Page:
In 2010, Snohomish County Prosecutor Mark Roe called the incident “unspeakably sad and tragic,” but determined the officers didn’t commit a crime, the Herald reported at the time.
Roe made his decision based on reports by detectives in the Snohomish County Multiple Agency Response Team (SMART) investigating the shooting. The Willards’ lawsuit says the three officers waited 11 days before giving investigating detectives their statements. The officers had their attorney look through their statements first, causing the delay.
At the time, Roe in his report called Willard’s death “the heartbreaking product of that frequently deadly mixture of someone with alcohol-clouded judgment handling a firearm, not any kind of police misconduct,” the Herald reported.
Everett police protocol puts any officer shooting through a review by the SMART team, Reardon said.
The SMART team reports the results of its investigations to the county prosecutor and the Police Department, Reardon said.
Then-Police Chief Jim Scharf decided not to conduct an internal police investigation on the shooting after reviewing the SMART reports, Reardon said.
“He concluded no additional investigation was necessary because it was clear the officers’ actions were consistent with department policies that allow officers to defend themselves from deadly threats,” Reardon said.
Willard’s death is the consequence of inexperience, lack of training and lack of oversight, Kays said. She noted the officers’ short number of years on the force as being part of the problem. Harney had two years, Showalter had 19 months and Radosevich was one month shy of two years with the Everett Police Department.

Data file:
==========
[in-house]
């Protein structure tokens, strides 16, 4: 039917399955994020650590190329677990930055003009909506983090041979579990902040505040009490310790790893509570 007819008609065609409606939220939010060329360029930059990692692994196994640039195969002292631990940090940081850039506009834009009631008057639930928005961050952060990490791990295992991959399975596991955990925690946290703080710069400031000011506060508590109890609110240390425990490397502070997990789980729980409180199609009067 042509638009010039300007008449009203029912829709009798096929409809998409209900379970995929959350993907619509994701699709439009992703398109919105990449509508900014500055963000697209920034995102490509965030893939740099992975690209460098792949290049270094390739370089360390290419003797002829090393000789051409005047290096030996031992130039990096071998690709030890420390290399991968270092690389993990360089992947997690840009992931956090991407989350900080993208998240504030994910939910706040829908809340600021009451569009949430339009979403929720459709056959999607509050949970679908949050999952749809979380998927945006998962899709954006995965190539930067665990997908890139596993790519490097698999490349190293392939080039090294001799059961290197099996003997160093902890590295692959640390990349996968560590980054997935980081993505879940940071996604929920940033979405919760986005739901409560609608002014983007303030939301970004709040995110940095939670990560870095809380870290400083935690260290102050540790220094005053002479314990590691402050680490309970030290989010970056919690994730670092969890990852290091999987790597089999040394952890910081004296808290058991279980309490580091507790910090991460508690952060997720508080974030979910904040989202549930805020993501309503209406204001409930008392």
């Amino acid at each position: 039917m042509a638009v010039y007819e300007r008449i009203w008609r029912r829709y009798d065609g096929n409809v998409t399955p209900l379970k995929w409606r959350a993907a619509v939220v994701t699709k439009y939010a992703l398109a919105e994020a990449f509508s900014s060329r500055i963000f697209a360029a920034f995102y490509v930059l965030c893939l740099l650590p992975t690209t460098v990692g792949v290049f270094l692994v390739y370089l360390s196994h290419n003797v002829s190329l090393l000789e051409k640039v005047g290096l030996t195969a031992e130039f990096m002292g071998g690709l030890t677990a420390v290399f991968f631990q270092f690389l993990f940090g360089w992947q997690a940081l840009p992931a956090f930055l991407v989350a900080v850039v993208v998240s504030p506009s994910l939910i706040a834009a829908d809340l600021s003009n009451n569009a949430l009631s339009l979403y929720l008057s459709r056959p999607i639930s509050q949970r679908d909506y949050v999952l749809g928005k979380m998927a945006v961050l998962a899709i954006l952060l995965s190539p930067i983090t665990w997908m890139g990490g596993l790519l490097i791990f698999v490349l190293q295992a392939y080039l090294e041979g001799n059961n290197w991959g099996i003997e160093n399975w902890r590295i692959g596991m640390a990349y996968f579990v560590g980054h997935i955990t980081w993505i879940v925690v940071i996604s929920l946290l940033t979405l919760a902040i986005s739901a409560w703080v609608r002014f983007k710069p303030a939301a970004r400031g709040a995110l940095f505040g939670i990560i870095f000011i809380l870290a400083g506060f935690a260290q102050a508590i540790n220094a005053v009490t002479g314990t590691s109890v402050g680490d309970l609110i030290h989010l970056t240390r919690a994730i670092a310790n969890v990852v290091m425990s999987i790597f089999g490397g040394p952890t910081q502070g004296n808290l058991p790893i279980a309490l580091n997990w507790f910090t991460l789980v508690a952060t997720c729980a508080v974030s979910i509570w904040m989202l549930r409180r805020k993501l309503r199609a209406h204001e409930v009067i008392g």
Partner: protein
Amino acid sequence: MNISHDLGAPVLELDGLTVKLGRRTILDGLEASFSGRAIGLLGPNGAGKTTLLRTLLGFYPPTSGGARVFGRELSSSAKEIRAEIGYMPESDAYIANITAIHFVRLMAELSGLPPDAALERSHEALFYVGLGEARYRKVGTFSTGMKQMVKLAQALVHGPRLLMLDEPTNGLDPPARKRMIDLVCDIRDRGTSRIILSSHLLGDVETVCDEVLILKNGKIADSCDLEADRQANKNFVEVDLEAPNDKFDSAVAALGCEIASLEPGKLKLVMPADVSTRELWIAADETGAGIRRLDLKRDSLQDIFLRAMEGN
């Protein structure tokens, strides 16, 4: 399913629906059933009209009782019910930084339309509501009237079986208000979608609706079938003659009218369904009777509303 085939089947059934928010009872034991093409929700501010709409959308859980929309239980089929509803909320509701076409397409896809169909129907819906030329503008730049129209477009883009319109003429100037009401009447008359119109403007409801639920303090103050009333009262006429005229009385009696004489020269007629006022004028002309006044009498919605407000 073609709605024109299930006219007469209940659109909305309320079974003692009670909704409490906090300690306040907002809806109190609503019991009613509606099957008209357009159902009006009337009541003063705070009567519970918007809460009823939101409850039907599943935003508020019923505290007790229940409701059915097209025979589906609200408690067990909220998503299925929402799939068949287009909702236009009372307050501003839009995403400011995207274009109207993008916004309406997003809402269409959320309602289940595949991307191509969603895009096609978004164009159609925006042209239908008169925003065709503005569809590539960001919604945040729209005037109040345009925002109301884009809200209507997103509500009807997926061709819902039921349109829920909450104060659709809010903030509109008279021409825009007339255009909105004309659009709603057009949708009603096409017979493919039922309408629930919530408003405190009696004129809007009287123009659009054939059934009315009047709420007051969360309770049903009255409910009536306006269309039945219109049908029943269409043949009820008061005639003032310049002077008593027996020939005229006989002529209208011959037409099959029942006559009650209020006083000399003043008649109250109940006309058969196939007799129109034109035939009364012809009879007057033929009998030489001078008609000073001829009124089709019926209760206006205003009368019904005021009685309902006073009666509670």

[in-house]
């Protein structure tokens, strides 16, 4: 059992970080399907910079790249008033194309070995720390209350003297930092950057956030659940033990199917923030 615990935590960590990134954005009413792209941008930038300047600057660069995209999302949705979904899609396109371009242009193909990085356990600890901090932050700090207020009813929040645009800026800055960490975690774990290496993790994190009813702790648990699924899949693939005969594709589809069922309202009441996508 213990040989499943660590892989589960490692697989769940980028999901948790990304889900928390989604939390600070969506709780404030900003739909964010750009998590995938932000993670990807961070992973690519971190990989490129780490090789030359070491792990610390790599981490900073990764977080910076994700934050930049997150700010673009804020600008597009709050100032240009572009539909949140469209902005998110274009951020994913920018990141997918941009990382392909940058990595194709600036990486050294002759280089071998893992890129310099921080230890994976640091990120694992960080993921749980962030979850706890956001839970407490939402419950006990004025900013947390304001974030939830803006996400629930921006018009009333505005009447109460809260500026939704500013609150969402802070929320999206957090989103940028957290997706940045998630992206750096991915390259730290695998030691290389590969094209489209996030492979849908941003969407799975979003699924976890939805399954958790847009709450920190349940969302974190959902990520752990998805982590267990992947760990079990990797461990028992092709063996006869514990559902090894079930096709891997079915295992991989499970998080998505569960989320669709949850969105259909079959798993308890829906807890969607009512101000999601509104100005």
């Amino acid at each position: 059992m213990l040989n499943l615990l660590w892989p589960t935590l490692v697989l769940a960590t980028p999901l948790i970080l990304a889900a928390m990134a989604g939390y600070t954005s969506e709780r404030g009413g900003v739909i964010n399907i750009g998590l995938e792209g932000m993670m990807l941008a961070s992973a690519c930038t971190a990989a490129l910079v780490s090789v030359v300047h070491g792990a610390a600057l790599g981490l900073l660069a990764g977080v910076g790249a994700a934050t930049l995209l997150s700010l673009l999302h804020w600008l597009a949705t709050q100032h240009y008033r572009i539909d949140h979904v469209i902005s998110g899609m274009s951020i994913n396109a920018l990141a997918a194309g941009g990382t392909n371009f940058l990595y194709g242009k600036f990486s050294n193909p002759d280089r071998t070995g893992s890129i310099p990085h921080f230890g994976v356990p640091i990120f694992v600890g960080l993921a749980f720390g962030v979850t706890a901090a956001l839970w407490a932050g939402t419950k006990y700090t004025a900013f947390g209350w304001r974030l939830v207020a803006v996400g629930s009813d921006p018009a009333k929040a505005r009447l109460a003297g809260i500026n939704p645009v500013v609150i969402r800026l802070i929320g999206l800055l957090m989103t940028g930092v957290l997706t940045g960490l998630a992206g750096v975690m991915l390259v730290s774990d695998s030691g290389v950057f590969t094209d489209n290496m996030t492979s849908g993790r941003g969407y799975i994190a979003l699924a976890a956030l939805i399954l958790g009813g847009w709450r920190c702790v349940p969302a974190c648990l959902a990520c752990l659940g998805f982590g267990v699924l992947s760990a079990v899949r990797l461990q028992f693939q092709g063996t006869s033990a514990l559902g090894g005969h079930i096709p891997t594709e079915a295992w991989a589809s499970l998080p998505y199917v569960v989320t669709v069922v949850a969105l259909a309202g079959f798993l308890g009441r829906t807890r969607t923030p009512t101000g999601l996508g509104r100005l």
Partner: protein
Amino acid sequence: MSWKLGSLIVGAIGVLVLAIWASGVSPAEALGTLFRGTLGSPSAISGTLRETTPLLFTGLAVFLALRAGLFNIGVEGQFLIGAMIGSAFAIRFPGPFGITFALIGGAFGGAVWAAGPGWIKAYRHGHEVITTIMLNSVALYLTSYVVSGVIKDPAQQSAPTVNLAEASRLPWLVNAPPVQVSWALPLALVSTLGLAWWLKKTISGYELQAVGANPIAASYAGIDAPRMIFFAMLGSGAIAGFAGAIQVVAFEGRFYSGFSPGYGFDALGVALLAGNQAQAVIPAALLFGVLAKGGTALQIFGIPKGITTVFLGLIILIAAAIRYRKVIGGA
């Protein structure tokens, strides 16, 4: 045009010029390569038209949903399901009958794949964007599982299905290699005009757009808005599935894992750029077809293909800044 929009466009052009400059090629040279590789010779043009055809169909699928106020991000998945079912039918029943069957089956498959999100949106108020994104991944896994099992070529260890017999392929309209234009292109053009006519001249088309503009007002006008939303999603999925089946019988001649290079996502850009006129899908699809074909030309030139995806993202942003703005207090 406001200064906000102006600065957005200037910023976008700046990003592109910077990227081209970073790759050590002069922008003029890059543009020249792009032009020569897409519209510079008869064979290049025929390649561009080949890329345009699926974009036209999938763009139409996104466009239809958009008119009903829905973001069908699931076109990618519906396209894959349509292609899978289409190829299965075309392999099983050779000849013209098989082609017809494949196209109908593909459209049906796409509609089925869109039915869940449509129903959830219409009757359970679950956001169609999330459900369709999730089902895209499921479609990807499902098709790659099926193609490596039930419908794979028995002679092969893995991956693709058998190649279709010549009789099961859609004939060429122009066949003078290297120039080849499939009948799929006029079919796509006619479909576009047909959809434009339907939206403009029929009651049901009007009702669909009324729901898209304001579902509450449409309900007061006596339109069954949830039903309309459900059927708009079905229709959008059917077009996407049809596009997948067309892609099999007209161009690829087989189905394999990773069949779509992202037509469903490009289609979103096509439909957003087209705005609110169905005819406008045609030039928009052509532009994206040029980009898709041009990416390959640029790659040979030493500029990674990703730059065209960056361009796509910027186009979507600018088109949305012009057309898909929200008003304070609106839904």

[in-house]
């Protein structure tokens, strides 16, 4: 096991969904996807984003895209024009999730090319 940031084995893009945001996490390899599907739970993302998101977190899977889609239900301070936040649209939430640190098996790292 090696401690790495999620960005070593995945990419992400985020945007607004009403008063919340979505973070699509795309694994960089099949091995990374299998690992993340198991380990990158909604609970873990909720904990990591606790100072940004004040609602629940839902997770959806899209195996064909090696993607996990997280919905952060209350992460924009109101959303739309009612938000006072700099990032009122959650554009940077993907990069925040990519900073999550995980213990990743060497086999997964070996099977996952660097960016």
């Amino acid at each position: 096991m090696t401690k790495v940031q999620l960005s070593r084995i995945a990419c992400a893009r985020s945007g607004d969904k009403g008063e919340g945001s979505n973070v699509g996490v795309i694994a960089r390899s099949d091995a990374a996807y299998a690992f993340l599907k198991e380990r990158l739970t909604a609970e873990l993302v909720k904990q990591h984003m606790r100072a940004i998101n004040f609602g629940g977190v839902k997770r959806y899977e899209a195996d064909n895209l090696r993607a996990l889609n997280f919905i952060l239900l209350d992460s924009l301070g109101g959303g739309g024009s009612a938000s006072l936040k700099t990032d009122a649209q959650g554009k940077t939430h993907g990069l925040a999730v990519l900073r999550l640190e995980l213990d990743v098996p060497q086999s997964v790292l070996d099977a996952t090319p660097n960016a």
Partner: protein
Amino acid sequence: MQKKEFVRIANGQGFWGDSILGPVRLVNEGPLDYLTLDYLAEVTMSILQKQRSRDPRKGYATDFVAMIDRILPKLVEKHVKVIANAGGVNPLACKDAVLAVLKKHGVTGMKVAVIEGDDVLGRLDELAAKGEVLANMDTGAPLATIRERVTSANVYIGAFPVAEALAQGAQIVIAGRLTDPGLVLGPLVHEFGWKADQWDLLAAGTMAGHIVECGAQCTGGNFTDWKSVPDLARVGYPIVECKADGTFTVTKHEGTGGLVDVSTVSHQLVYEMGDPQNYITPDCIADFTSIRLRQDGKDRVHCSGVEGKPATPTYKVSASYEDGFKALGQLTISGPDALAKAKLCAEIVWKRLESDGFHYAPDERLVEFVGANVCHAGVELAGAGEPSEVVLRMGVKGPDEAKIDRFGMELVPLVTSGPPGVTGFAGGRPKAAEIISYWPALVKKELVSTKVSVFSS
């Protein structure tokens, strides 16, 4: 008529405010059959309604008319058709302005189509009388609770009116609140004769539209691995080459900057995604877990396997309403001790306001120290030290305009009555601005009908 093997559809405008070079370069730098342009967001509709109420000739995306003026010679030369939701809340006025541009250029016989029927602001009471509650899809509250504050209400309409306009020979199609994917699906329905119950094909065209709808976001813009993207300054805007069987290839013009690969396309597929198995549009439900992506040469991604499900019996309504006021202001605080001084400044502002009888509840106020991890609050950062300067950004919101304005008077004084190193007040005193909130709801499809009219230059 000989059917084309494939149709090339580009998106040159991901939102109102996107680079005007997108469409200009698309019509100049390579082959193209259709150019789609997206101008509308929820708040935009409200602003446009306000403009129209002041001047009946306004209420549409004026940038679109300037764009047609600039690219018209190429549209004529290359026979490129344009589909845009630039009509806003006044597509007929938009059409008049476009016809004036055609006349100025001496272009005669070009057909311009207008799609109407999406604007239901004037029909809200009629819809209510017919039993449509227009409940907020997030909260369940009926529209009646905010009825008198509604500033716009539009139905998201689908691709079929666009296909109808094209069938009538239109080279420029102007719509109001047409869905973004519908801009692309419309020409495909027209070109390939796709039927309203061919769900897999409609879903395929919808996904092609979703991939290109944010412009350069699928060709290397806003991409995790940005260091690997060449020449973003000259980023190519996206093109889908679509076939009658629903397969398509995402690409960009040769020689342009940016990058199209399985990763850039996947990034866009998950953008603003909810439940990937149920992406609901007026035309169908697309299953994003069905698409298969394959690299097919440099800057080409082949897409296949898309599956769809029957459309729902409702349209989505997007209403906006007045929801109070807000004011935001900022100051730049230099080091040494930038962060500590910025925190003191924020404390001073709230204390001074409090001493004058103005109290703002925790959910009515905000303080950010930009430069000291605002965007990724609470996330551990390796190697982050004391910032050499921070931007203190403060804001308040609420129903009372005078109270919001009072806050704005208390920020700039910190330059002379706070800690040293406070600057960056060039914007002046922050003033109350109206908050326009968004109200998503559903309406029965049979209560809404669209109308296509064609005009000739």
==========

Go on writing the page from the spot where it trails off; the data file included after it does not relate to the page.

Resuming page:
All three officers are still with the department, Reardon said.
The Willards’ lawyer says police could have announced their presence better by calling the house, using a loudspeaker or a myriad of other methods. They failed to “knock and announce,” the lawsuit says.
Kays said the lawsuit seeks to address whether there were reasonable alternatives to using deadly force.
“If the police had been trained ... Dustin Willard would be here today,” Kays said.
“It’s up to law enforcement to take information from a 911 call and verify it,” Kays said.
Kays said it was not unreasonable that Willard answered the door with a firearm considering the late hour. The neighborhood had a number of recent vandalism and crime incidents, the Willards’ lawsuit says.
“Radosevich panicked and began yelling “gun” and fired her weapon at the homeowner,” the Willards’ lawsuit says. “At no time did the homeowner raise his shotgun into a firing position, nor did he fire or attempt to fire his shotgun,” it says.
The city says Willard “moved his shotgun into a firing position and aimed it at police officers.”
Kays said they have “retained the services of a ballistics expert” to answer whether or not Willard raised his gun.
The Willards filed a $20 million claim against the city in 2009. In January 2012, they filed their lawsuit in Western Washington U.S. District Court asking for unspecified damages to be proven at trial and for attorneys’ fees.
The trial is scheduled to start Sept. 9 in Seattle.